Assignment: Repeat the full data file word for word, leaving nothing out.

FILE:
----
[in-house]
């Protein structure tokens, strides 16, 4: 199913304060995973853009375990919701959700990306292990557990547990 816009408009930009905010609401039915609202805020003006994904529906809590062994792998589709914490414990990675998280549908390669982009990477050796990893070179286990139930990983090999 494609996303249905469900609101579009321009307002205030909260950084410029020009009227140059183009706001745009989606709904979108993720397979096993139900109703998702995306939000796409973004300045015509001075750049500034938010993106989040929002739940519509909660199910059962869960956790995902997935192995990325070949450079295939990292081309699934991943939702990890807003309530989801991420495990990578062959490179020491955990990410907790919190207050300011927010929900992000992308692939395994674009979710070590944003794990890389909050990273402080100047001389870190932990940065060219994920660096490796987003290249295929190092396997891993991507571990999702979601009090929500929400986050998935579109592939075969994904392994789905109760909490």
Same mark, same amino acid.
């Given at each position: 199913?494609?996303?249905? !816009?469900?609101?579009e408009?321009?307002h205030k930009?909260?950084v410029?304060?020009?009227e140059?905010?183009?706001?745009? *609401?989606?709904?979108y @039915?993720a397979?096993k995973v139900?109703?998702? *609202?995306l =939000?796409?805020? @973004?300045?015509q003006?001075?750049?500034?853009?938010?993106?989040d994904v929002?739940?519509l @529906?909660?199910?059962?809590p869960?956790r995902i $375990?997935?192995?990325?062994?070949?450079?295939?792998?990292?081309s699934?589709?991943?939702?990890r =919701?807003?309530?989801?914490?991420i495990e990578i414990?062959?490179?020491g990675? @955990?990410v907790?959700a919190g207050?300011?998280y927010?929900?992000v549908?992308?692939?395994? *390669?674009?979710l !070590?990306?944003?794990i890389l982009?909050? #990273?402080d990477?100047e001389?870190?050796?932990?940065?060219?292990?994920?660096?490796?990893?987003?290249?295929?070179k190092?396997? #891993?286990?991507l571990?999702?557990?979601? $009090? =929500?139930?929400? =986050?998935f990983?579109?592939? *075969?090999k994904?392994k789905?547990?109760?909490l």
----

[in-house]
């Protein structure tokens, strides 16, 4: 199913304060995973853009375990919701959700990306292990557990547990 816009408009930009905010609401039915609202805020003006994904529906809590062994792998589709914490414990990675998280549908390669982009990477050796990893070179286990139930990983090999 494609996303249905469900609101579009321009307002205030909260950084410029020009009227140059183009706001745009989606709904979108993720397979096993139900109703998702995306939000796409973004300045015509001075750049500034938010993106989040929002739940519509909660199910059962869960956790995902997935192995990325070949450079295939990292081309699934991943939702990890807003309530989801991420495990990578062959490179020491955990990410907790919190207050300011927010929900992000992308692939395994674009979710070590944003794990890389909050990273402080100047001389870190932990940065060219994920660096490796987003290249295929190092396997891993991507571990999702979601009090929500929400986050998935579109592939075969994904392994789905109760909490």
Same mark, same amino acid.
């Given at each position: 199913?494609?996303?249905? !816009?469900?609101?579009e408009?321009?307002h205030k930009?909260?950084v410029?304060?020009?009227e140059?905010?183009?706001?745009? *609401?989606?709904?979108y @039915?993720a397979?096993k995973v139900?109703?998702? *609202?995306l =939000?796409?805020? @973004?300045?015509q003006?001075?750049?500034?853009?938010?993106?989040d994904v929002?739940?519509l @529906?909660?199910?059962?809590p869960?956790r995902i $375990?997935?192995?990325?062994?070949?450079?295939?792998?990292?081309s699934?589709?991943?939702?990890r =919701?807003?309530?989801?914490?991420i495990e990578i414990?062959?490179?020491g990675? @955990?990410v907790?959700a919190g207050?300011?998280y927010?929900?992000v549908?992308?692939?395994? *390669?674009?979710l !070590?990306?944003?794990i890389l982009?909050? #990273?402080d990477?100047e001389?870190?050796?932990?940065?060219?292990?994920?660096?490796?990893?987003?290249?295929?070179k190092?396997? #891993?286990?991507l571990?999702?557990?979601? $009090? =929500?139930?929400? =986050?998935f990983?579109?592939? *075969?090999k994904?392994k789905?547990?109760?909490l």